I haven't done the research and don't know if "Before the Law" was written as part of The Trial or as an independent text and later added into the book. If it was written as a part of it, then we might want to consider viewing it as a part of The Trial. That might add a little more insight into the authors intent.
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PostSubject: Re: Before The Law   Thu Dec 02, 2010 1:47 pm

The parable appears in 'The Trial' - and possible interpretations or meanings are discussed by the characters. The novel itself is as open to interpretation as the parable that is contained within it. To start to discuss the novel may take several pages of text which I don't have time to write, and I am sure nobody really wants to read. Needless to say, it does dwell on themes of frustration, alienation, hopelessness and finally resignation to one's fate. The main character is eventually executed in the novel for a crime that is never disclosed to him or us.

I think it is right to pity the man - but pity him for what? His failure to access 'The Law'? The Law's determination to keep him out? His seemingly wasted life? All options leave me with a sense of frustration at the hopelessness of his plight. Or, do we sympathise a little bit because we have all expereinced situations when we feel that the weight of bureaucracy is so overwhelmingly against us? The powers that want to shut us out of some invaluable truth are too great for us to overcome?

'The Law' could mean so many things in the parable and the novel. It could mean the law, society, civilisation, acceptance, purpose in life - or it could be as basic as 'The Truth' . Knowing Kafka, it is most probably all of these and more. Both texts leave the whole matter unresolved of course, and we make of it what we will.

However, here is something to consider: in our current context, when we discuss such phenomena as Wikileaks for example, perhaps this is 'the man from the country' finding a way past the gatekeeper?





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PostSubject: Re: Before The Law   Thu Dec 02, 2010 5:29 pm

I'll get back to this in a couple of days when I have more time, but I just wanted to see if I am getting what you are driving at here..
So your take on the parable is that it is an example of how "the man" is holding us all down? The man being the media, government, corporations, shg and wgc moderators (lol), etc? Thereby denying us justice, freedom, fairness or whatever? Truth being a specific example you stated.
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PostSubject: Re: Before The Law   Fri Dec 03, 2010 5:49 am

Yes....that is pretty much the angle I have taken. I appreciate your engagement in the discussion, so take as long as you want to respond.

I think 'The Law' in the parable can be loosely applied to almost any phenomenon that creates an 'exclusive' shroud around itself. The government do this with certain information which they think we can't handle ('You want the truth? You can't handle the truth!). Society does this by expecting conformation with certain patterns of behaviour which determine accessibilty - behaviours which sometimes can be difficult to rationalise (e.g. religion).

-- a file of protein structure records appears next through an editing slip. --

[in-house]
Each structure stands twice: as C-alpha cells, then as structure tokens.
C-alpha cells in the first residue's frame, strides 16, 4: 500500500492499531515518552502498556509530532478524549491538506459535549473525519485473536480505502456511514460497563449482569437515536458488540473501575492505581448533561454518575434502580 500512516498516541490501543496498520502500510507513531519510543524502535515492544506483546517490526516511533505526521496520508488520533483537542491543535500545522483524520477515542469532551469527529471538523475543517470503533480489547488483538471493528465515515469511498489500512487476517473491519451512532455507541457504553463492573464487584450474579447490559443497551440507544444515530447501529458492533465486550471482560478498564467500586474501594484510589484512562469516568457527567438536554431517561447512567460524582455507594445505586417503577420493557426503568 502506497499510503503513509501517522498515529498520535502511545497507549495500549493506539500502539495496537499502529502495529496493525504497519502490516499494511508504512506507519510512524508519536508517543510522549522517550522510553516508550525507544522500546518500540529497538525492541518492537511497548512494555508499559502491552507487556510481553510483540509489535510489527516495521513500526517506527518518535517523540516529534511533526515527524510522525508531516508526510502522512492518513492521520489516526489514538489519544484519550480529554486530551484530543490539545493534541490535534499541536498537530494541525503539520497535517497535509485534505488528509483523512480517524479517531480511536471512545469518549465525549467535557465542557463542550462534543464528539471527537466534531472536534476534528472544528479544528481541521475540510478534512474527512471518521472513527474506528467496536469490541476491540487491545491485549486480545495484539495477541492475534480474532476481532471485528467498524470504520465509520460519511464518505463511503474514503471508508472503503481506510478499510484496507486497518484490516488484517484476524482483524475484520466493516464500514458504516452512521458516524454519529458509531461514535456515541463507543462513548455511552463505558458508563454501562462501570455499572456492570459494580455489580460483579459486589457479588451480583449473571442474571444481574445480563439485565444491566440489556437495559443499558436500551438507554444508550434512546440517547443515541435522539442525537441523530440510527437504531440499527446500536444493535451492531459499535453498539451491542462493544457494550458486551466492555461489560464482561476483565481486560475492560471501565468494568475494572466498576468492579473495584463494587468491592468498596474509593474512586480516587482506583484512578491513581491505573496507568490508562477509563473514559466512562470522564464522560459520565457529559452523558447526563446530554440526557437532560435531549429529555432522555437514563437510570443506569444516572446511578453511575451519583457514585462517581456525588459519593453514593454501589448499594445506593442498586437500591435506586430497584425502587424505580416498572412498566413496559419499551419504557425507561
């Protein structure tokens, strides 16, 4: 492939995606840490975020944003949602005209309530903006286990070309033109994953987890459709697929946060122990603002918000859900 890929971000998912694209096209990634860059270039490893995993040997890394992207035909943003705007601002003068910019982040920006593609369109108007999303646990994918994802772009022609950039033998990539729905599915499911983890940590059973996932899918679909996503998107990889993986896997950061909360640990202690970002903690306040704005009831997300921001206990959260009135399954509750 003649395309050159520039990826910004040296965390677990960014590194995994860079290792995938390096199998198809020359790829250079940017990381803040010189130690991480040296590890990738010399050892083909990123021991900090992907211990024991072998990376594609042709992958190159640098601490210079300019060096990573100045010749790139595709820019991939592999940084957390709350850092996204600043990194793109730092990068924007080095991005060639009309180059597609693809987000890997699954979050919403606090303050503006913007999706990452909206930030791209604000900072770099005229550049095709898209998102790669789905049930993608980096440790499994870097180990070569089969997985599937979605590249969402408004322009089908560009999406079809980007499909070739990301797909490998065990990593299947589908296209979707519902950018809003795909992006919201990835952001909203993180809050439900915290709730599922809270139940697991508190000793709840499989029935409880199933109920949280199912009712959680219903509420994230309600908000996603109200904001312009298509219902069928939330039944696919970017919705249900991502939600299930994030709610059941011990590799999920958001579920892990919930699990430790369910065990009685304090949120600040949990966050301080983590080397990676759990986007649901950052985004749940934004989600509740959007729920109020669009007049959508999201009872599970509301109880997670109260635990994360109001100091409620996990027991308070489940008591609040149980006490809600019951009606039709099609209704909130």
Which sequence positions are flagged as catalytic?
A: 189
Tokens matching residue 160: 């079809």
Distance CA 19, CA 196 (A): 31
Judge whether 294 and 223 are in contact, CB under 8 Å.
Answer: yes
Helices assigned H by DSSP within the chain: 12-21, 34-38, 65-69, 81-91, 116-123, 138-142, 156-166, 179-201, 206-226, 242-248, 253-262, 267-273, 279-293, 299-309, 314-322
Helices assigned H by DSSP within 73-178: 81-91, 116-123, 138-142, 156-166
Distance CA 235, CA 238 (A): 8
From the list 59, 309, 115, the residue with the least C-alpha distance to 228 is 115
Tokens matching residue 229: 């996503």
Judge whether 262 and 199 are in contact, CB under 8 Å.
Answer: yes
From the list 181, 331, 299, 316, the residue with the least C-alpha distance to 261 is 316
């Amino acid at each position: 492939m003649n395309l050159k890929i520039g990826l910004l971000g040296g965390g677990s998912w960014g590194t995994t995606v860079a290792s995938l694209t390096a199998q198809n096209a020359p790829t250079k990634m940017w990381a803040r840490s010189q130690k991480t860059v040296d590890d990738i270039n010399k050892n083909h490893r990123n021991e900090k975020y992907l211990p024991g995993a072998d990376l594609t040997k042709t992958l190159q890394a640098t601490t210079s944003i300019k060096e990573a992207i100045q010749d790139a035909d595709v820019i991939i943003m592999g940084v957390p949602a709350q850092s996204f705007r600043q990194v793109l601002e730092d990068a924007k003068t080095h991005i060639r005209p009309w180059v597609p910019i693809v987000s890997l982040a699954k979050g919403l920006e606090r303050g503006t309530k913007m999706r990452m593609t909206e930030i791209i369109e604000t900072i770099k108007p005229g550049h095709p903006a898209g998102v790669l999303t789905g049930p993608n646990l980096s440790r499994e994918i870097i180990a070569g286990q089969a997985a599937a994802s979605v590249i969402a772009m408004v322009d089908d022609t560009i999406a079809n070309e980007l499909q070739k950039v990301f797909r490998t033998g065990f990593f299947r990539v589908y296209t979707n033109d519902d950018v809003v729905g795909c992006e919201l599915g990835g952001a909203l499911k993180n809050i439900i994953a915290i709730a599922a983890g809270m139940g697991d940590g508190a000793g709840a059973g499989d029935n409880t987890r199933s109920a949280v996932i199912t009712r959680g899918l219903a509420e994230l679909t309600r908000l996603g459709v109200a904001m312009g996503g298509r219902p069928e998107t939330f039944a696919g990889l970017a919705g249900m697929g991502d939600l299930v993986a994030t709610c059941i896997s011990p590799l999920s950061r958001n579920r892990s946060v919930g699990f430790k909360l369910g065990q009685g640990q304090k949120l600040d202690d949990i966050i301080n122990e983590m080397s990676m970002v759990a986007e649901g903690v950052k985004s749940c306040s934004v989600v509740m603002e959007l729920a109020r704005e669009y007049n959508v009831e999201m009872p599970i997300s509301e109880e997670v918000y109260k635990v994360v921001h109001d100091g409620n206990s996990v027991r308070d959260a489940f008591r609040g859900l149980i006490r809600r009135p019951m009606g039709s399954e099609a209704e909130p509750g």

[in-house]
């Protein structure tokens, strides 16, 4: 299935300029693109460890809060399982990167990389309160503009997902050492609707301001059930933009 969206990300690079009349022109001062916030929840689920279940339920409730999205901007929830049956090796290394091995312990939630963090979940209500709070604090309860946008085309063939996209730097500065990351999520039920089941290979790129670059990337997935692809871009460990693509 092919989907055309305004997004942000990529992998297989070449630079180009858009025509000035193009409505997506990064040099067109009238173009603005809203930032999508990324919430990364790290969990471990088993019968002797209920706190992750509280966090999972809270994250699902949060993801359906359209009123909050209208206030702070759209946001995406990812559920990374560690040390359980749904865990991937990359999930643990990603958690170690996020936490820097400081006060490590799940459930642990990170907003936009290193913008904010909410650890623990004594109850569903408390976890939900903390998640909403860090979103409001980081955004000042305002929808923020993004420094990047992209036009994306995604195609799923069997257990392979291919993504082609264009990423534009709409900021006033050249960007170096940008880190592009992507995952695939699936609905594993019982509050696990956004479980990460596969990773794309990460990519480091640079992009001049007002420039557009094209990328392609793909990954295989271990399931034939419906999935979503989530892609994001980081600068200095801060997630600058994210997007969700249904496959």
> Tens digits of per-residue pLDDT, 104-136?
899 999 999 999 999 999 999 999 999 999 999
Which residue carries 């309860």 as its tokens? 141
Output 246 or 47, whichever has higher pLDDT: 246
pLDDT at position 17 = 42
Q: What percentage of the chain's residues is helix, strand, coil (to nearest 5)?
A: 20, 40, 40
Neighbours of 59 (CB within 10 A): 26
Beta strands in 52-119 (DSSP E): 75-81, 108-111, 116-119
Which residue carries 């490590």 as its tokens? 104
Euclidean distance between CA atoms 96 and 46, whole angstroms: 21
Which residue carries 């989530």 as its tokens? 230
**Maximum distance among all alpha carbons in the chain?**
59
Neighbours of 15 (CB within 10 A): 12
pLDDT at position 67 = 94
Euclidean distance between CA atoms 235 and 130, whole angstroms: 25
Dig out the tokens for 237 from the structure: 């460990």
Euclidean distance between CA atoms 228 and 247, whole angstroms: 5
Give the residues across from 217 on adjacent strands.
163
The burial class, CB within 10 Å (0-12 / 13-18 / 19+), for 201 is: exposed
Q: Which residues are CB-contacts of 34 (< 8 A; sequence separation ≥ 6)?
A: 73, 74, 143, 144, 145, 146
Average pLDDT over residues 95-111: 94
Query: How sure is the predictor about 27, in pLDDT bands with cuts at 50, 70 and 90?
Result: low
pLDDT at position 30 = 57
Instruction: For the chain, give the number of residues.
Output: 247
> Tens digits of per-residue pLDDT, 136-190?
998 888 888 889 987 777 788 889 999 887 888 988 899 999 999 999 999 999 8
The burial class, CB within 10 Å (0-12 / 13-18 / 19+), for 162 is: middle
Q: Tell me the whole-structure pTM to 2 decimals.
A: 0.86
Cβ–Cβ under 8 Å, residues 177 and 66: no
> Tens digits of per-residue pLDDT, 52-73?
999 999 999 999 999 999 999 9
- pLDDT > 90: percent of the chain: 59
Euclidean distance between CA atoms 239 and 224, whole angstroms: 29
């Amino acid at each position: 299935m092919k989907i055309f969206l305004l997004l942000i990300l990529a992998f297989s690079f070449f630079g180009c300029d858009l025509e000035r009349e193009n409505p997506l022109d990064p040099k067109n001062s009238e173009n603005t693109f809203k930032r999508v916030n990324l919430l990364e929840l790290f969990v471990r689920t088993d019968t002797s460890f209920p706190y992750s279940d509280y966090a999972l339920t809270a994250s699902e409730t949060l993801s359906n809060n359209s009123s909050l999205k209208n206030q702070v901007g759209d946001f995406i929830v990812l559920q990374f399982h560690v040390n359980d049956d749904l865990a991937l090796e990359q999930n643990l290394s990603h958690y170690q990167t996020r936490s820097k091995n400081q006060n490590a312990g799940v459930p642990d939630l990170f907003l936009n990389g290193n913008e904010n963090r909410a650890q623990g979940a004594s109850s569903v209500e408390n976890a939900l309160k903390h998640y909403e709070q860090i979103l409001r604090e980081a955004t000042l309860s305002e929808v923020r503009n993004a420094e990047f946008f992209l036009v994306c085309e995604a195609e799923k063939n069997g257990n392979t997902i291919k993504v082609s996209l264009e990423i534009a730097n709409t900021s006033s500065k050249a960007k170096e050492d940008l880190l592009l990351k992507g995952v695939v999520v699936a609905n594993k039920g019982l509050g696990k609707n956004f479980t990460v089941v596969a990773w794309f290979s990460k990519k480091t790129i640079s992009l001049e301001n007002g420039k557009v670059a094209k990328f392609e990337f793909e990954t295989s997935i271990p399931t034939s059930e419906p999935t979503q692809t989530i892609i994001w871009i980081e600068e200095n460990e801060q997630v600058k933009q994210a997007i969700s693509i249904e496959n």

The gatekeepers are there to guard this exclusivity by keeping people confused (think of politicians, priests, police, lawyers etc). I am sure that all of us have come across various types of gatekeeper in our lives in a variety of different contexts.

Now if you apply this interpretation to a place like SHG - is it really that different? They allow admittance based on certain behaviours that they deem acceptable - but are not clearly identified. If you find yourself outside the walls of their fortress - i.e. you get banned - you will find it very difficult to get anyone to tell you why. All along the way you will meet with various 'gatekeepers'....whose job is to confuse and confound. They do this because they either don't know the answer (the truth) or they don't want to tell you (exclusivity). Try asking them a question about an ambiguous rule and tell me if you get a straight answer.

I would have no hesitation in calling SHG Kafkaesque.
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PostSubject: Re: Before The Law   Tue Feb 22, 2011 8:41 am

I figured that is where you were going with it.
Let me first say that I fundamentally believe that the owner of any website has the right to exclude anyone from using it for any reason, and even without reason if they choose. They have the right to restrict posting, chat, game play, or anything else solely upon their choosing. They have the right to bend the rules for a few, and more strictly enforce them for others. They are a private institution after all. This can also be extended to any organization, Media, Religious, Political, whatever. Essentially my point is that if they are paying the bill, they have the right to do, print, offer services to or restrict services to any person, or do whatever they please as long as they are not causing any actual harm or damages to another person.